As the Nature/Nurture debate is a causal one at the core, we have strategic predictions when it surfaces in a Strengthen question. Like in any causal argument, one surefire way to strengthen the conclusion is by eliminating an alternative cause. In the Nature/Nurture debate, there are only really two competitive causes. So, the correct answer likely eliminated the opposite side of the debate that the author picks.
Example: June 2005, Section 2, #19
This stimulus again talks musical taste, but this time focuses on much younger humans. Thankfully, these six-month-old babies have yet to develop their own like/dislike opinions. Because of this, all we know is that they pay more attention to certain octaves than others. The evidence hints at both sides of the debate. It considers how young the subjects are (Nature) and how prevalent these octaves are in cultures around the world (Nurture). The conclusion, however, jumps to an overly certain judgment and chooses Nature. It claims that “humans probably have a biological predisposition to pay more attention to those intervals than to others.”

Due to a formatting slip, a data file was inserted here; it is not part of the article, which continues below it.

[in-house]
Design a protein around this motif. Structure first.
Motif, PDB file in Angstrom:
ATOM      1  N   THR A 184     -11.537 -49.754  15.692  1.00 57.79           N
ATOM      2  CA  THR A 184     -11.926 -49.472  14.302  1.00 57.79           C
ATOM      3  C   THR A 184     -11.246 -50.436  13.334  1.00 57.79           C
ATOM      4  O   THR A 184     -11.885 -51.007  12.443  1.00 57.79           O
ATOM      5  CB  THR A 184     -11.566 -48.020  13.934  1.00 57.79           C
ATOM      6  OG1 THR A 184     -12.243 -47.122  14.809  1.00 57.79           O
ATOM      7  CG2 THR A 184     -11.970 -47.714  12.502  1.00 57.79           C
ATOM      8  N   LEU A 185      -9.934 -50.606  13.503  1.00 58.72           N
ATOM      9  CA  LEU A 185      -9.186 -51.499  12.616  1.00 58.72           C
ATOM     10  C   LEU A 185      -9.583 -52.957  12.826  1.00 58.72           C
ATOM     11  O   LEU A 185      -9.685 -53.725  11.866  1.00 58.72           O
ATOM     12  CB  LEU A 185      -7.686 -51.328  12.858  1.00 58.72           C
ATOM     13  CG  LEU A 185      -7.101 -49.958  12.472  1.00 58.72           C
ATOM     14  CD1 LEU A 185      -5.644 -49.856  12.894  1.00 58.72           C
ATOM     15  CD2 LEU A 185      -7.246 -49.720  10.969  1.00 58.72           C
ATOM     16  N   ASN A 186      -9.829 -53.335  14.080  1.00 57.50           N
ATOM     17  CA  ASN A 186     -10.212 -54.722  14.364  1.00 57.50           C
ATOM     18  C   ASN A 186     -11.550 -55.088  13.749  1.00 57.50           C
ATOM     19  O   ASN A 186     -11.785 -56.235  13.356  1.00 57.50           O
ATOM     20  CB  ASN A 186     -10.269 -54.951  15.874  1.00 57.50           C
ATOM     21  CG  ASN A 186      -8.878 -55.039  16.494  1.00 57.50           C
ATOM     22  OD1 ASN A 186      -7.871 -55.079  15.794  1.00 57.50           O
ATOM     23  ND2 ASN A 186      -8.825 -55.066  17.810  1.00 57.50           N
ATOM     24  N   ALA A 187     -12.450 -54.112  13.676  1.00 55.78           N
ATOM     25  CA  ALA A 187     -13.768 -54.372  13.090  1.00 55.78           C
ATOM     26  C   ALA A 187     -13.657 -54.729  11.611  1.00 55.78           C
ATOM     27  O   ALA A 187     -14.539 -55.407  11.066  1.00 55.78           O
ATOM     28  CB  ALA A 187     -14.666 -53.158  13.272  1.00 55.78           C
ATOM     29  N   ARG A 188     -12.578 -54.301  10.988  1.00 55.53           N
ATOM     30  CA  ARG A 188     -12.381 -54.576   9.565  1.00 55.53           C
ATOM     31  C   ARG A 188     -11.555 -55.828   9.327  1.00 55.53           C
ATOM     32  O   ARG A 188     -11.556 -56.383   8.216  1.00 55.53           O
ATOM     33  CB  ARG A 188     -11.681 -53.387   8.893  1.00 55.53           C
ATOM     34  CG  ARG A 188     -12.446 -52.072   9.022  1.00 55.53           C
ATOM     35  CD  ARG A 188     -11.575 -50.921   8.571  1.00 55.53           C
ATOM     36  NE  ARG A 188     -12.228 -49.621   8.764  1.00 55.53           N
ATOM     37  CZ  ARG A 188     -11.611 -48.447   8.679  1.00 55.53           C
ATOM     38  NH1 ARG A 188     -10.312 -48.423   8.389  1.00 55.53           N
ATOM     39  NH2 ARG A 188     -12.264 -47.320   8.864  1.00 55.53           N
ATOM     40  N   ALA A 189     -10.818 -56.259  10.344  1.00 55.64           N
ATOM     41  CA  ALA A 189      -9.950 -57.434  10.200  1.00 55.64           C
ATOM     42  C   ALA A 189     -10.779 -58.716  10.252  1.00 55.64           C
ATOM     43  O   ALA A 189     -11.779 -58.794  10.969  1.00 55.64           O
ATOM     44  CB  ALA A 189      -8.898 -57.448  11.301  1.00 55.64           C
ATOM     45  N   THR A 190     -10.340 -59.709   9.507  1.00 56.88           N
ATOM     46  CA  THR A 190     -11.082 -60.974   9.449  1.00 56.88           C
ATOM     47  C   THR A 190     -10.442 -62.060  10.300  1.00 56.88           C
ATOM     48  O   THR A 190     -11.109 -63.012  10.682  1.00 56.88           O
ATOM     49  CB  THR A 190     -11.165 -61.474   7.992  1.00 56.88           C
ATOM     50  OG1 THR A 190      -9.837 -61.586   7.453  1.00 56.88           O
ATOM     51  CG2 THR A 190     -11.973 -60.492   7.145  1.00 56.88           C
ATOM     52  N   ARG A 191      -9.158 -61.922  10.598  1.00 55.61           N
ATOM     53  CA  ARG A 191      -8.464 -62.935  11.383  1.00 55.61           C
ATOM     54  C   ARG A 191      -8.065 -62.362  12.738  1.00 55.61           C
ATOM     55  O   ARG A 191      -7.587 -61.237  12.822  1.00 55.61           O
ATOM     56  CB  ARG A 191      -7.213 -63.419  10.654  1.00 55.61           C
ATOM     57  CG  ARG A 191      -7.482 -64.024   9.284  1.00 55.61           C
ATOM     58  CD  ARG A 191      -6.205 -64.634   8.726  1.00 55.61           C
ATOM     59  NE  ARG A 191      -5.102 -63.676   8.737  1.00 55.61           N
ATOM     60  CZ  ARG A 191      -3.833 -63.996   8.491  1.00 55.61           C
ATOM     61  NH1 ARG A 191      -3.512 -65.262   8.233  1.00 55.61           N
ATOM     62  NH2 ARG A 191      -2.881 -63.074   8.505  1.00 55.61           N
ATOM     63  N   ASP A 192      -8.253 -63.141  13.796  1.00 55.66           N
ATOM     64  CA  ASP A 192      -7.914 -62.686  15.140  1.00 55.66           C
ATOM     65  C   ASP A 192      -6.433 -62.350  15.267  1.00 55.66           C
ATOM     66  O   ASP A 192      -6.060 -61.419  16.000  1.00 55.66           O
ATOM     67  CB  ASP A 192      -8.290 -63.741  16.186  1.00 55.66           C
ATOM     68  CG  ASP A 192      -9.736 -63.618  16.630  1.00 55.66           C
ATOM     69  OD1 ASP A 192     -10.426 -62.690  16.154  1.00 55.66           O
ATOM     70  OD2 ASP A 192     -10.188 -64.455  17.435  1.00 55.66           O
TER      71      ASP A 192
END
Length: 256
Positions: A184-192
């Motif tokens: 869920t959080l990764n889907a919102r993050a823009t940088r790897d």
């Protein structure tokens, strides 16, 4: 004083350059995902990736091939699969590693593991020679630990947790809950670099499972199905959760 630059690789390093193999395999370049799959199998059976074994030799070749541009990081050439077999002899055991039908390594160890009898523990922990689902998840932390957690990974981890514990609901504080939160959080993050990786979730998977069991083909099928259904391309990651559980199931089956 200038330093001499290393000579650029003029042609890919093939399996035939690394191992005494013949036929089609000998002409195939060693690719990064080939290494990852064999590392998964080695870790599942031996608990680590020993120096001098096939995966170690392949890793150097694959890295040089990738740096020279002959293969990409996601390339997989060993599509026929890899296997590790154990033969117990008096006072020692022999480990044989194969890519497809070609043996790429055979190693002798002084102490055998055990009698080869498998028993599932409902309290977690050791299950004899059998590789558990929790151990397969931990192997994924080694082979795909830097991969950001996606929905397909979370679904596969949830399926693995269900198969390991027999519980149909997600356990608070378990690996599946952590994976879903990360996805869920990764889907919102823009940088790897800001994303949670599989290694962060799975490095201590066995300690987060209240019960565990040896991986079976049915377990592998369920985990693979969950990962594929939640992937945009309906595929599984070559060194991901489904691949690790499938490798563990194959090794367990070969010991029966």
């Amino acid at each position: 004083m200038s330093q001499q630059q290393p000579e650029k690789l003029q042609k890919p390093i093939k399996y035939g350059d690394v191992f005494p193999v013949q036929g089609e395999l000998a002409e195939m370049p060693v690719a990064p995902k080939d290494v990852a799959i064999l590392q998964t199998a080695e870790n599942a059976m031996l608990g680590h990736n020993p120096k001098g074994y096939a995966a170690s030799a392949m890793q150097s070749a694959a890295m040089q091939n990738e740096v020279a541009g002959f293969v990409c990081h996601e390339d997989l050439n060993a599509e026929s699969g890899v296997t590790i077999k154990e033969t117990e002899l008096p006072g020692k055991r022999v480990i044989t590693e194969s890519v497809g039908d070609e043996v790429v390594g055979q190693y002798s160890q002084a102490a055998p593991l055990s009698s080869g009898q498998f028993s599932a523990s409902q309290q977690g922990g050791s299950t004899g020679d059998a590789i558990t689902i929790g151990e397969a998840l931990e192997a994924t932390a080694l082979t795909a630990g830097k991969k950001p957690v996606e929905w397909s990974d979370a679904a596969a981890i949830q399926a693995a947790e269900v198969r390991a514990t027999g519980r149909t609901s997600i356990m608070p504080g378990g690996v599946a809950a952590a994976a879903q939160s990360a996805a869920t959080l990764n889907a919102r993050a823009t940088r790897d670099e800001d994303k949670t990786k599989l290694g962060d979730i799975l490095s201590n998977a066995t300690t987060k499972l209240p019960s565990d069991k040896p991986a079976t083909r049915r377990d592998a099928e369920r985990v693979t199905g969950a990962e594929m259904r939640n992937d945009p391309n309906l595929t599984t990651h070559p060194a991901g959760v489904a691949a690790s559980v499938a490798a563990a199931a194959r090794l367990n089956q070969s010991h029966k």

There are three particularly interesting answers in this question.
- The correct answer. This answer choice strengthens the argument by eliminating Nurture from contention. It does this by making a statement that the babies didn’t have previous exposure to other cultures’ music.
- The weakening answer. One of the answers weakens the argument by promoting the Nurture explanation. It argues that the babies had been exposed to a wide variety of music from different cultures.